In order to justify police pursuit, the officers must have “reasonable suspicion that a crime has been, is being, or is about to be committed” (People v. Holmes, 81 N.Y.2d 1056, 1058). Reasonable suspicion has been defined as “that quantum of knowledge sufficient to induce an ordinarily prudent and cautious person under the circumstances to believe criminal activity is at hand” (People v. Martinez, 80 N.Y.2d 444, 448 [internal quotation marks and brackets omitted] ). A suspect's “[f]light alone ․ even [his or her flight] in conjunction with equivocal circumstances that might justify a police request for information, is insufficient to justify pursuit” (People v. Holmes, 81 N.Y.2d at 1058 [citations omitted]; see People v. Sierra, 83 N.Y.2d 928, 929; People v. Carmichael, 92 AD3d 687, 688). However, flight, “combined with other specific circumstances indicating that the suspect may be engaged in criminal activity, could provide the predicate necessary to justify pursuit” (People v. Holmes, 81 N.Y.2d at 1058; see People v. Sierra, 83 N.Y.2d at 929–930; see also People v. Martinez, 80 N.Y.2d at 447).
Here, Detective Lunt's experience with gang activity, his awareness that he was in an area known for gang activity, and his observation that the defendant made “constant adjustments” to the right side of his waistband, did not constitute specific circumstances indicative of criminal activity so as to establish the reasonable suspicion that was necessary to lawfully pursue the defendant, even when coupled with the defendant's flight from the police (see People v. Haynes, 115 AD3d 676, 676–677; People v. Carmichael, 92 AD3d 687; see also People v. Cady, 103 AD3d 1155; People v. Stevenson, 7 AD3d 820, 821; see generally Matter of Shakir J., 119 AD3d 792, 795). Detective Lunt's observations were readily susceptible of an explanation that could be indicative either of innocence or guilt. The People failed to adduce testimony showing, for example, that the officers observed the defendant in possession of what appeared to be a gun or that the defendant's conduct in adjusting his waistband was indicative of gun possession (cf. People v. Pines 99 N.Y.2d 525; People v. Fletcher, 130 AD3d 1063, 1064; People v. Stephenson, 89 AD3d 872, 872–873; People v. Henderson, 85 AD3d 663). At most, the police had only a common-law right to inquire under the second level of DeBour. The defendant had a right to refuse to respond to the police inquiry (see People v. Stevenson, 7 AD3d at 821), and his flight when the officers approached him did not, under the circumstances of this case, create a reasonable suspicion of criminal activity (see People v. May, 81 N.Y.2d 725, 728; cf. People v. Martinez, 80 N.Y.2d at 448).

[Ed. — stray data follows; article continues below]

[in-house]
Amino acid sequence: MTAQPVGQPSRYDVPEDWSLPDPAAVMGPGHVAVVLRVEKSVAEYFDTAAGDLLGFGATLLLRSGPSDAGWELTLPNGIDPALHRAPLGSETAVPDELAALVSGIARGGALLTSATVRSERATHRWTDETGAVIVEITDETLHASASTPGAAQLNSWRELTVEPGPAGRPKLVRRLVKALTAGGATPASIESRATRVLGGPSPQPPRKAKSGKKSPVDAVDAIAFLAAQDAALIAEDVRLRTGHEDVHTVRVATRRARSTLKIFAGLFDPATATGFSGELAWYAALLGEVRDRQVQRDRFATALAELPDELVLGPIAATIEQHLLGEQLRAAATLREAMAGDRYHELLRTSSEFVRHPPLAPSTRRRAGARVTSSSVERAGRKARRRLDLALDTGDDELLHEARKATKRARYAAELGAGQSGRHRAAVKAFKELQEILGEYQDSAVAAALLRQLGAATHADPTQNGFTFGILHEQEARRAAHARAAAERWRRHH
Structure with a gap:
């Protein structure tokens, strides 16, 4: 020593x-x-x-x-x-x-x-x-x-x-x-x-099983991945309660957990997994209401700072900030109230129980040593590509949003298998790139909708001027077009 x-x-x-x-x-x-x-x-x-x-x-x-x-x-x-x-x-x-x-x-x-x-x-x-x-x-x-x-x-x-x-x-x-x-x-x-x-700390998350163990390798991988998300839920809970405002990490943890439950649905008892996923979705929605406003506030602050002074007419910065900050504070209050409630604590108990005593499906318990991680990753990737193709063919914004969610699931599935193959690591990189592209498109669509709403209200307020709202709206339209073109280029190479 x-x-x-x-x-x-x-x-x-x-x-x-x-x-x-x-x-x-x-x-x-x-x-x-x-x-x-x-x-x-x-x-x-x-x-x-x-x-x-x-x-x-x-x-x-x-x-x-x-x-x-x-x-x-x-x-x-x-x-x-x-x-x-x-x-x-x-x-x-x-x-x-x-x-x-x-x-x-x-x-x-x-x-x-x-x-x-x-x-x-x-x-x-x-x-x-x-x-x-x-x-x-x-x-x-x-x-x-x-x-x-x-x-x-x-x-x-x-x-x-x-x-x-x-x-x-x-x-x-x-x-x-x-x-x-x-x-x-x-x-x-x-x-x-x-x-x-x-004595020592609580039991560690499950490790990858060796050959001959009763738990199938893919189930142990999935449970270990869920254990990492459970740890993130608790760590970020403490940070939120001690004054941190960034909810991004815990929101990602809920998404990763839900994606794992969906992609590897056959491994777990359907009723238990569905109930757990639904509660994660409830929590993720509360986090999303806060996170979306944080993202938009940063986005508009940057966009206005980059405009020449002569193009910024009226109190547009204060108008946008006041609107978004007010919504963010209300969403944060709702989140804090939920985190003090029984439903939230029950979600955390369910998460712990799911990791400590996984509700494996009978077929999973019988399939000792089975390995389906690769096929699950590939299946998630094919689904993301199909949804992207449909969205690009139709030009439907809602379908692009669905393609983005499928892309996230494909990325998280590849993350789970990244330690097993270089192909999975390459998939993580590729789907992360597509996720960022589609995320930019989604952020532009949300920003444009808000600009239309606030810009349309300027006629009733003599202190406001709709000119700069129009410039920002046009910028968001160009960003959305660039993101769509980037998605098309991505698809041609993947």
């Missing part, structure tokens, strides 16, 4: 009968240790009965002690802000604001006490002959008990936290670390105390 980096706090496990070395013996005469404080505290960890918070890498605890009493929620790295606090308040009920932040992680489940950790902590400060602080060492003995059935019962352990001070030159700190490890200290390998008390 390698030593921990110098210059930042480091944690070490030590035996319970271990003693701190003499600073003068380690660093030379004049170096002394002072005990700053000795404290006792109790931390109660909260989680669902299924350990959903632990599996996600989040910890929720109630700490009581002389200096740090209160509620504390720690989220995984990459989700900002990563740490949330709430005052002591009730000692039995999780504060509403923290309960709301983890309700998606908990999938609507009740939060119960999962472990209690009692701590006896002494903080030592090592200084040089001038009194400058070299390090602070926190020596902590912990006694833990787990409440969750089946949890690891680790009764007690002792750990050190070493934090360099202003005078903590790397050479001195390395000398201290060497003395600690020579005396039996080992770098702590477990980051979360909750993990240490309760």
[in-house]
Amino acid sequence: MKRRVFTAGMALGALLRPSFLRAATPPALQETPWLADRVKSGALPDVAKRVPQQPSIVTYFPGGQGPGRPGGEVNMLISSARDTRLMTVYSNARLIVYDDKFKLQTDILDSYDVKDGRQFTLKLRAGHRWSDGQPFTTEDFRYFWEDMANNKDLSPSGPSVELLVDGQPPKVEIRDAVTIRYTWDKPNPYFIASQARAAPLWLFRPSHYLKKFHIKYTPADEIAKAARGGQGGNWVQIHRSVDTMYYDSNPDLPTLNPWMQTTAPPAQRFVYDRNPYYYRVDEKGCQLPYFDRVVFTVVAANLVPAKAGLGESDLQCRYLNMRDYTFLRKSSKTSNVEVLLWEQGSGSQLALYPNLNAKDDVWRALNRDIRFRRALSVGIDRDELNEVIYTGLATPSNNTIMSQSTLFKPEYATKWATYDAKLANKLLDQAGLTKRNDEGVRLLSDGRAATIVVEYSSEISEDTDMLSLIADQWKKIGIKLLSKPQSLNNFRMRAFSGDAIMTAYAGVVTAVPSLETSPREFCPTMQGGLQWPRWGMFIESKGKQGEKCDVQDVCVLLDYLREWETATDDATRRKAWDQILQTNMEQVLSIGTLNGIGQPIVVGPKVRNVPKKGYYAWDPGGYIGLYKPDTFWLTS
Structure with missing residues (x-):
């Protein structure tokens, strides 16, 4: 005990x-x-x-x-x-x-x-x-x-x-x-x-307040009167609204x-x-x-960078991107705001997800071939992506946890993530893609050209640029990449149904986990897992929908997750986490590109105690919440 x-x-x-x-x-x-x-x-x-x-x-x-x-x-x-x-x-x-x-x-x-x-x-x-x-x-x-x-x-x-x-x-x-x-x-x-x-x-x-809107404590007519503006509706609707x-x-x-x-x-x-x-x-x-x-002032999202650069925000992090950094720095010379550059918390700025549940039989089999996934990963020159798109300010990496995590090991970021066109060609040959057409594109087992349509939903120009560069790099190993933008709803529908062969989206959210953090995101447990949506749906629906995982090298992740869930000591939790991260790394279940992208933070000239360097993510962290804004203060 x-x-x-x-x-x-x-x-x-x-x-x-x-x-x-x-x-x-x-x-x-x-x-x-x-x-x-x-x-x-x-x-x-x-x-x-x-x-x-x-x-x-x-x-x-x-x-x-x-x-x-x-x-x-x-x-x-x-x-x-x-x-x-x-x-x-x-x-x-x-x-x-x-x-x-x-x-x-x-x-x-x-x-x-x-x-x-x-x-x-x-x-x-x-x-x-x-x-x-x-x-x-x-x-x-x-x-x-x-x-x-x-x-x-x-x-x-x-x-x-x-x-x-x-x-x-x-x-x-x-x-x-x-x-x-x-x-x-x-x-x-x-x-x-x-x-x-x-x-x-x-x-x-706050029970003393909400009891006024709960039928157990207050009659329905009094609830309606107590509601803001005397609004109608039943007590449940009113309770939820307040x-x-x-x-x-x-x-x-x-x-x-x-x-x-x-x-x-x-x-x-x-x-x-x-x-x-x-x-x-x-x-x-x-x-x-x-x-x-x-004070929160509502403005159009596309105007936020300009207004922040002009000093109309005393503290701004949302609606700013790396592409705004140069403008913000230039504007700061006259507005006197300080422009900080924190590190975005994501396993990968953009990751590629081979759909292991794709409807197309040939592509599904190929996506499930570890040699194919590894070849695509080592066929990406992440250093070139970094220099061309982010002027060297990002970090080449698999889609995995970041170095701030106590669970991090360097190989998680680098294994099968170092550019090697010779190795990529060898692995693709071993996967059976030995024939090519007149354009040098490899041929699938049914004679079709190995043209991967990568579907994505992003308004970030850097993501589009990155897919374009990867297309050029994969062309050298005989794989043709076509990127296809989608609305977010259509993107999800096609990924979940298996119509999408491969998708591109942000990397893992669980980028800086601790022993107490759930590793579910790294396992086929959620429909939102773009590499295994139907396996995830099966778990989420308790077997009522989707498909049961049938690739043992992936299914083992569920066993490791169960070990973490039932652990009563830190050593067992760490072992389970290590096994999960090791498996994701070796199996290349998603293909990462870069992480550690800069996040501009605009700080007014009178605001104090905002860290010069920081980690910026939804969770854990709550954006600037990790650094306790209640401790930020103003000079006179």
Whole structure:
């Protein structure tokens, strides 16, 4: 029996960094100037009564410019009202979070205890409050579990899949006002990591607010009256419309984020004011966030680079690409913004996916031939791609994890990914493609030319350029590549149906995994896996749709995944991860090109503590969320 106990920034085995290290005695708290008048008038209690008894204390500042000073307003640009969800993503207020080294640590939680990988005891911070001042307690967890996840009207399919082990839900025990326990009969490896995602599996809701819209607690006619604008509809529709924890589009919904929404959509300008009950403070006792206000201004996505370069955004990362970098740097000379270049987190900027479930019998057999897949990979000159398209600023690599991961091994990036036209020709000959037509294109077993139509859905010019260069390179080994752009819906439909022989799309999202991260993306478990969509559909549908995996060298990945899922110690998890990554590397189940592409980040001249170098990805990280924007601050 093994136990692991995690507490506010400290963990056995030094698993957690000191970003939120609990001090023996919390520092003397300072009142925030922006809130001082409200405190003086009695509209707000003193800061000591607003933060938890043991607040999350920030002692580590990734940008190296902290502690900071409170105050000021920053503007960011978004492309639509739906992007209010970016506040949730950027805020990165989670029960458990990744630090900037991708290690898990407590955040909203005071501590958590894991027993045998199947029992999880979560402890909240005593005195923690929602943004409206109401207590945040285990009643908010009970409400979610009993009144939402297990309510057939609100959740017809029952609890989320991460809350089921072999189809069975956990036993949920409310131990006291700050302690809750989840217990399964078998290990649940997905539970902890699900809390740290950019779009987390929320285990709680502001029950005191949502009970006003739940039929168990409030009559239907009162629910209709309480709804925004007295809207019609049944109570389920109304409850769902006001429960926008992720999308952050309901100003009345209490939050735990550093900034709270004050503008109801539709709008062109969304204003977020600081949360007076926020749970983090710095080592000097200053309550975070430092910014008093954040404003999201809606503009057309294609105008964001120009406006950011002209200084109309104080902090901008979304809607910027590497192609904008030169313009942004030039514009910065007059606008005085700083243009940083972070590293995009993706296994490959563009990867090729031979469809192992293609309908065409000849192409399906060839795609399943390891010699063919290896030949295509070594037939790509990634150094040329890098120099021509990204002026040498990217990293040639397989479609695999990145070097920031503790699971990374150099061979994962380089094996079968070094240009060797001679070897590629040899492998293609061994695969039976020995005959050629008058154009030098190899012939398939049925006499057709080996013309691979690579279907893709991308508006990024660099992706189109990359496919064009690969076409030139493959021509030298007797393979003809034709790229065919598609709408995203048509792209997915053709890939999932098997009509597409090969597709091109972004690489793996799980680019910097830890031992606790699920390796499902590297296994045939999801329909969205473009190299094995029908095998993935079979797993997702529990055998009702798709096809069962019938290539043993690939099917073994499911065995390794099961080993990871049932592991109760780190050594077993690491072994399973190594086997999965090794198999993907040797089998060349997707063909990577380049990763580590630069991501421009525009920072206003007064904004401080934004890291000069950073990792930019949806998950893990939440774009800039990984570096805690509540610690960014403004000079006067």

As the police officers lacked reasonable suspicion to pursue the defendant, the pursuit was unlawful, and the defendant's disposal of the weapon during the pursuit was precipitated by the illegality and was not attenuated from it (see People v. Haynes, 115 AD3d at 677; People v. Carmichael, 92 AD3d 687). Thus, the Supreme Court should have granted that branch of the defendant's omnibus motion which was to suppress the firearm. Without that evidence, there could not be sufficient evidence to prove the defendant's guilt of criminal possession of a weapon in the second degree and criminal possession of a weapon in the third degree. Therefore, the indictment must be dismissed (see People v. Carmichael, 92 AD3d at 688).